First of all, check out how tomato paste is made in Sicily!

And as of Saturday, we can check Love, season 3 off our list.


I forgot to include this category last week, when I enjoyed a new-to-me Joni Mitchell album from 1975 called "The Hissing of Summer Lawns." (You can listen for free if you have Prime.) A little weird, a little jazzy.

On my Friday commute from work, I always try to remember to tune my radio to the jazz station because I can catch the end of a show I love that features lesser-known soul/R&B tracks from the 1960s and 70s (it ends at 5 p.m.), but this Friday, I was driving in circles downtown trying to find parking long after the show ended. But what played next was so wonderful I was actually grateful to be stuck in traffic: it was a harp/piano duet of Piazzolla's "Libertango," a piece that has been in my life just in the last year or so but has become part of my life's soundtrack. I immediately told Joel about it (once I found parking and got to the winery where we were meeting) and was already on my phone trying to figure out who performed it. A day later, I figured it out. These two are amazing - a Columbian harpist (Edmar Castaneda) and a young Japanese pianist (Hiromi) -  and their live performances (some also on YouTube) are breathtaking.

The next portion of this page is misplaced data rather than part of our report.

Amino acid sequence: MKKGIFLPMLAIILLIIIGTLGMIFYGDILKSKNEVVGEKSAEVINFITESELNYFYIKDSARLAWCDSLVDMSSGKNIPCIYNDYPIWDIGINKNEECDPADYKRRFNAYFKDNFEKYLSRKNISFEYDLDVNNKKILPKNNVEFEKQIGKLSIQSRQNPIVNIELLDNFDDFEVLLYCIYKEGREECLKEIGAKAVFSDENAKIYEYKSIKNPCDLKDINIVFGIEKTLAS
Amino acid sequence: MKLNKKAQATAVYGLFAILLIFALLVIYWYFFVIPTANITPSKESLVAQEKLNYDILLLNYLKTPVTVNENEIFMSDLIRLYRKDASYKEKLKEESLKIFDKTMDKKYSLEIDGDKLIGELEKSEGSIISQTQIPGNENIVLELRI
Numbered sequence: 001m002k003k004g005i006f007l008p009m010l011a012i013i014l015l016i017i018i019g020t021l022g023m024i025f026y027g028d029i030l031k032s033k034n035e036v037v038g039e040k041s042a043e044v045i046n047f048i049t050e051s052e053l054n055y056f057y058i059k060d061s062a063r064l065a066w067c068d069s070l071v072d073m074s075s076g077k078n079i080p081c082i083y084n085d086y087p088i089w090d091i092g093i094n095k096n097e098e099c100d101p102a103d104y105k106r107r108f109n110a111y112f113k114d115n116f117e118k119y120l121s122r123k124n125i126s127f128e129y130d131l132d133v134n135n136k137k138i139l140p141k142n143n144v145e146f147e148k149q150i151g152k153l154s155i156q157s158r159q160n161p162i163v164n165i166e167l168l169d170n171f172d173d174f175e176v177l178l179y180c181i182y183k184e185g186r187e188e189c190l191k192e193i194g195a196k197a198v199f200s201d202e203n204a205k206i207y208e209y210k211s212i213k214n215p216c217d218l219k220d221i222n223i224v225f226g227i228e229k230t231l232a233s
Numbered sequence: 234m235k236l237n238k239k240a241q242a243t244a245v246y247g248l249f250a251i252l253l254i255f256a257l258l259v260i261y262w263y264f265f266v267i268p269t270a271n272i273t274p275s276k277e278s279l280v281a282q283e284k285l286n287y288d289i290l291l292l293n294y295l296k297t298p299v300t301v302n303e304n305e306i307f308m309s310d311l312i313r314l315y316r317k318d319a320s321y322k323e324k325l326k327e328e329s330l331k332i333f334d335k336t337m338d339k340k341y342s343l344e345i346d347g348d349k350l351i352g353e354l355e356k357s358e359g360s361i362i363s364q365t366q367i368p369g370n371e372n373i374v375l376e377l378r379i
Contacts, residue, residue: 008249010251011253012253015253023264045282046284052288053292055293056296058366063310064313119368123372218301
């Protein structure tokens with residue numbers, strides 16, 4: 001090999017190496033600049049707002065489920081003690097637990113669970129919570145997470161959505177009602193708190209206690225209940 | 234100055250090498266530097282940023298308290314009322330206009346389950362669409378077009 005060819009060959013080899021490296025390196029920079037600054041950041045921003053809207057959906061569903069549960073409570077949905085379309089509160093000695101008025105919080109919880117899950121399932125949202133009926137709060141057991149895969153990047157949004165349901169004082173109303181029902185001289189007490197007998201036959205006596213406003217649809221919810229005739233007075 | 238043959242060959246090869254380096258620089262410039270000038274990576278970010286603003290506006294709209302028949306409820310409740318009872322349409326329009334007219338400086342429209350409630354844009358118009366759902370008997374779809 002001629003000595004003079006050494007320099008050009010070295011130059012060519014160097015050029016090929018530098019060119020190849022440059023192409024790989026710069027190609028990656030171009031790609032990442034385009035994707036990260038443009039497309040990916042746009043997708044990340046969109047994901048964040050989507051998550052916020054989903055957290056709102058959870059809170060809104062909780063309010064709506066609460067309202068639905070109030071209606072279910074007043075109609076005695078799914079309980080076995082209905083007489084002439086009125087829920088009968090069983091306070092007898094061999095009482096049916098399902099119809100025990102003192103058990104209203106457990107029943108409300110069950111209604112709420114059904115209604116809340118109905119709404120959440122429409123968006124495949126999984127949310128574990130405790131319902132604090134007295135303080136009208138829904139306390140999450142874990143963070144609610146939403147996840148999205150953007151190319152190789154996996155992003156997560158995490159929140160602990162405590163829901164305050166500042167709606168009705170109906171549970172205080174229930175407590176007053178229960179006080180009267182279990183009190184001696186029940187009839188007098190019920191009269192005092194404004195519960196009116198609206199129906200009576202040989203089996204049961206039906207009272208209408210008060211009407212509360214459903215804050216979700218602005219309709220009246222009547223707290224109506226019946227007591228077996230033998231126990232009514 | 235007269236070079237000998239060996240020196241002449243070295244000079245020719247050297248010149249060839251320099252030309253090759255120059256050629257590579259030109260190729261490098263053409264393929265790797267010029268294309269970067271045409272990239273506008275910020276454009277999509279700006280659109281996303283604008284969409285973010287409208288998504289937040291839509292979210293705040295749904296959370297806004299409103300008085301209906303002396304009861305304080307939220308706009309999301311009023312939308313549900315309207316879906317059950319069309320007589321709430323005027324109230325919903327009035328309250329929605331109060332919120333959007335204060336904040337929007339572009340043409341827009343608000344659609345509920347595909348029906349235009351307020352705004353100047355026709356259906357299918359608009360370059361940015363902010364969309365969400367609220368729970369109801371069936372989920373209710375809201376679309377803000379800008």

Joel made another darn-good pasta (using a quick tomato and chicken marsala sauce) on a night when I didn't have my Bar Method class, which really made me feel free and easy. On St. Patrick's Day, we ate fried rice for lunch and pizza for dinner. But at least we listened to The Chieftans.
Whipped ricotta

Because I randomly had ricotta in the fridge, I tried out the whipped ricotta recipe in Six Seasons for spreading on bread and who-knows-what-else. It's tasty.
When crummy is good


I made it just under the wire by baking on Saturday. This week was hibiscus-rose shortbread, made with part all-purpose flour, part white rice flour. It's tangy from the hibiscus leaves and I can barely taste the rose (from rosewater). Crumbly and tender and easy to make.